Structures and Design on the NEB&W

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Duration: 9:38

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The New England, Berkshire and Western model railroad is unique in its large size of 124 by 33 feet. It is also uniquely a whole network together, not just specific buildings from Saratoga, but also the town of Saratoga in relationship to other towns. This allows the club to do a system wide approach to everything, tying it all together.

Club Coordinator John Nehrich has made a specific study of architecture, so he loves structure building. He also loves scenery, but it can’t be modeled as thoroughly. Individual trees can’t be modeled to look like the trees in the area. When building after a real structure, it is like dissecting in reverse. It’s great to see the structure come together after adding a small detail. Common trends in buildings within an area appear, so the modelers can use the same details in different structures.

John goes on to demonstrate how he adds details to structures. To make brick arches over windows, he uses a coin and cuts a curve above a window. Then he peels the paper off from the cut curve so the subwall is showing. It is then covered with a row of bricks. He cuts a small section on a grooved sheet against the grooves so they are cut on edge. He then notches between each brick or groove with an small blade, like a modeler would with flex track.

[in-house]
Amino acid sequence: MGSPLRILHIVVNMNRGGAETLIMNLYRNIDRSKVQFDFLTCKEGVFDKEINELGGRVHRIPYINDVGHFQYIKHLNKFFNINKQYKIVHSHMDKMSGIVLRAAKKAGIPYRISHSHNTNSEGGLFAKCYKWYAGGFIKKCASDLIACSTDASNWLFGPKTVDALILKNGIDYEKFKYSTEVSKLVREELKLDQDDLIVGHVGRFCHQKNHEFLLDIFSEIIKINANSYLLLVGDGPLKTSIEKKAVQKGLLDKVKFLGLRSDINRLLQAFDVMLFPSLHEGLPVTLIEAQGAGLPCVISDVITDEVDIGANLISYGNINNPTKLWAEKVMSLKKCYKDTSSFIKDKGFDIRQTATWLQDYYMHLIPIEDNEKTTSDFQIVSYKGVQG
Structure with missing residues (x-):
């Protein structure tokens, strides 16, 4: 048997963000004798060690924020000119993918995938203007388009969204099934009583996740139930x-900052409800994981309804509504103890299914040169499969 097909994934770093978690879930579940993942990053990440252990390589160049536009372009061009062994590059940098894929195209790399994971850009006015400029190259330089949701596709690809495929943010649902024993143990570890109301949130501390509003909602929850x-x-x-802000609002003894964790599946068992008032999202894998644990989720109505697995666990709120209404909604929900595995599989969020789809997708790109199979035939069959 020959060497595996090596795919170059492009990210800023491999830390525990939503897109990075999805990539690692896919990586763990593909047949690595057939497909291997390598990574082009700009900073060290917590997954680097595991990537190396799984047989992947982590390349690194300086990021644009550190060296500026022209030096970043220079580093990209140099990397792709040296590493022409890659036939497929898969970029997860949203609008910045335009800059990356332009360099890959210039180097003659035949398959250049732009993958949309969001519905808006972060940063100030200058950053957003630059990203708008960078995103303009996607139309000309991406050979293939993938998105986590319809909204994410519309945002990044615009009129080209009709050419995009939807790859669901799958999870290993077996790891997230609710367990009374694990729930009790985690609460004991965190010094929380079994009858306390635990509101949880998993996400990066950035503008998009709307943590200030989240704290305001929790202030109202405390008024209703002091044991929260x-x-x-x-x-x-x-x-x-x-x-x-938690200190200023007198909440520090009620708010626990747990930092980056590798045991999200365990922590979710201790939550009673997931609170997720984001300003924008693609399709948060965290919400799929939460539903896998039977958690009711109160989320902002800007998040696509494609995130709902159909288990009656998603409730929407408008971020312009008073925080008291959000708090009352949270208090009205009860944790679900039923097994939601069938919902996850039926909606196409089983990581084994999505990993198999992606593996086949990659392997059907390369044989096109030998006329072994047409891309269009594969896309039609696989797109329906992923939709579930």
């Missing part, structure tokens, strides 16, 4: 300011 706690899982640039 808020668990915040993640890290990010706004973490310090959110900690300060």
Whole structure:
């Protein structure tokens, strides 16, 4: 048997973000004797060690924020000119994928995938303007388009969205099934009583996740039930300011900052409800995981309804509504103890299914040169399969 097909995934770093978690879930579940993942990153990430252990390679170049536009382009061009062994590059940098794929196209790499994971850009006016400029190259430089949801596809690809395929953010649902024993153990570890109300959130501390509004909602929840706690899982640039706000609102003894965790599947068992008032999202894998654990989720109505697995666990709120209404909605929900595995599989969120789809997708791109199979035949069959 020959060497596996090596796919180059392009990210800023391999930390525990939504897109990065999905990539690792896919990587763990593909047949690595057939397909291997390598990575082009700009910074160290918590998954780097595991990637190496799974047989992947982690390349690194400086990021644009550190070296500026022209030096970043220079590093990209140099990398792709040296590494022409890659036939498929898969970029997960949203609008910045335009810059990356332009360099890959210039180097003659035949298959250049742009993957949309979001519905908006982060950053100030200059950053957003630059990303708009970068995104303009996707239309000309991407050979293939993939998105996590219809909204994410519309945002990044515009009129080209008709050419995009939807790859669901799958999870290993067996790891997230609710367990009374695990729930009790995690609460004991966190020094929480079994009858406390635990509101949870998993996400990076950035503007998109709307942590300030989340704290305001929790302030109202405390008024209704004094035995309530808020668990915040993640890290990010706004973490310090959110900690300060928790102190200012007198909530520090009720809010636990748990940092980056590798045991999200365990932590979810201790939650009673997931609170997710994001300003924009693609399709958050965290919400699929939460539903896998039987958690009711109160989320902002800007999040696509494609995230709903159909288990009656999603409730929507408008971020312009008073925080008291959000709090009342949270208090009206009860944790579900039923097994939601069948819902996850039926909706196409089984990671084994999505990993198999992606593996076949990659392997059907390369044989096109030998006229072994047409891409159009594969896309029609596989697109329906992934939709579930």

Notching halfway up the brick makes it able to bend, creating the arches. John uses walters glue on the brick with a microtip to position it in place with tweezers. Super glue is used to permanently secure it. He makes a puddle of glue on a non porous surface like the metal lid or an ink jar, peels back a twist tie to get a wire applicator, dips it in and sets it over the arch. The glue will soak into notches and secure it down.

This technique keeps the glue from running all over the model. For more tips for planning and building your layout or making model railroad structures, visit the Model Railroad Academy website.